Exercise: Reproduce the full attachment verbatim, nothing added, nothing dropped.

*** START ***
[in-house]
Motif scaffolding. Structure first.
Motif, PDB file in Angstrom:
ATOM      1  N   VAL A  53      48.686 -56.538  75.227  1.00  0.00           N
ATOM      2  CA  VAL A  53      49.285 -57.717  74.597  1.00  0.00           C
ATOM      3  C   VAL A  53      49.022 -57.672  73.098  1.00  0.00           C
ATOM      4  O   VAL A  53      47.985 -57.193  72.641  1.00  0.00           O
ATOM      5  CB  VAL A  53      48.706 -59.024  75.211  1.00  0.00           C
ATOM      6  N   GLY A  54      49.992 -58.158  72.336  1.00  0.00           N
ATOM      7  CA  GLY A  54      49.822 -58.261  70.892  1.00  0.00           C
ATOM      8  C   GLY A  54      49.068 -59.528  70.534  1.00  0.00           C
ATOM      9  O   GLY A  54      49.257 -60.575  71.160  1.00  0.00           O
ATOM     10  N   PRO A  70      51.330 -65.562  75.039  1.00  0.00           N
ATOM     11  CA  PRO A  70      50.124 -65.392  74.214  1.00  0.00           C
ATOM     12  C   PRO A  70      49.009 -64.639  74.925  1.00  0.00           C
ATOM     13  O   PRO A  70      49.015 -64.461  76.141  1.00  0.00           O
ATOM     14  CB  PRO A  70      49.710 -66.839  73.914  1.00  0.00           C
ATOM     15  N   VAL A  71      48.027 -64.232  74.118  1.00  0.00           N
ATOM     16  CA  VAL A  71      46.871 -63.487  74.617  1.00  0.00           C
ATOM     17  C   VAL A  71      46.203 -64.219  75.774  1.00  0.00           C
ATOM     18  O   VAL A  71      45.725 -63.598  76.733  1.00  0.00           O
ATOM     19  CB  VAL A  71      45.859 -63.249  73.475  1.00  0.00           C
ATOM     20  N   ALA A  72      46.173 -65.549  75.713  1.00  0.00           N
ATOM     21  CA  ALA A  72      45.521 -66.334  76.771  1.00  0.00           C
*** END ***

[in-house]
Motif scaffolding. Structure first.
Motif, PDB file in Angstrom:
ATOM      1  N   VAL A  53      48.686 -56.538  75.227  1.00  0.00           N
ATOM      2  CA  VAL A  53      49.285 -57.717  74.597  1.00  0.00           C
ATOM      3  C   VAL A  53      49.022 -57.672  73.098  1.00  0.00           C
ATOM      4  O   VAL A  53      47.985 -57.193  72.641  1.00  0.00           O
ATOM      5  CB  VAL A  53      48.706 -59.024  75.211  1.00  0.00           C
ATOM      6  N   GLY A  54      49.992 -58.158  72.336  1.00  0.00           N
ATOM      7  CA  GLY A  54      49.822 -58.261  70.892  1.00  0.00           C
ATOM      8  C   GLY A  54      49.068 -59.528  70.534  1.00  0.00           C
ATOM      9  O   GLY A  54      49.257 -60.575  71.160  1.00  0.00           O
ATOM     10  N   PRO A  70      51.330 -65.562  75.039  1.00  0.00           N
ATOM     11  CA  PRO A  70      50.124 -65.392  74.214  1.00  0.00           C
ATOM     12  C   PRO A  70      49.009 -64.639  74.925  1.00  0.00           C
ATOM     13  O   PRO A  70      49.015 -64.461  76.141  1.00  0.00           O
ATOM     14  CB  PRO A  70      49.710 -66.839  73.914  1.00  0.00           C
ATOM     15  N   VAL A  71      48.027 -64.232  74.118  1.00  0.00           N
ATOM     16  CA  VAL A  71      46.871 -63.487  74.617  1.00  0.00           C
ATOM     17  C   VAL A  71      46.203 -64.219  75.774  1.00  0.00           C
ATOM     18  O   VAL A  71      45.725 -63.598  76.733  1.00  0.00           O
ATOM     19  CB  VAL A  71      45.859 -63.249  73.475  1.00  0.00           C
ATOM     20  N   ALA A  72      46.173 -65.549  75.713  1.00  0.00           N
ATOM     21  CA  ALA A  72      45.521 -66.334  76.771  1.00  0.00           C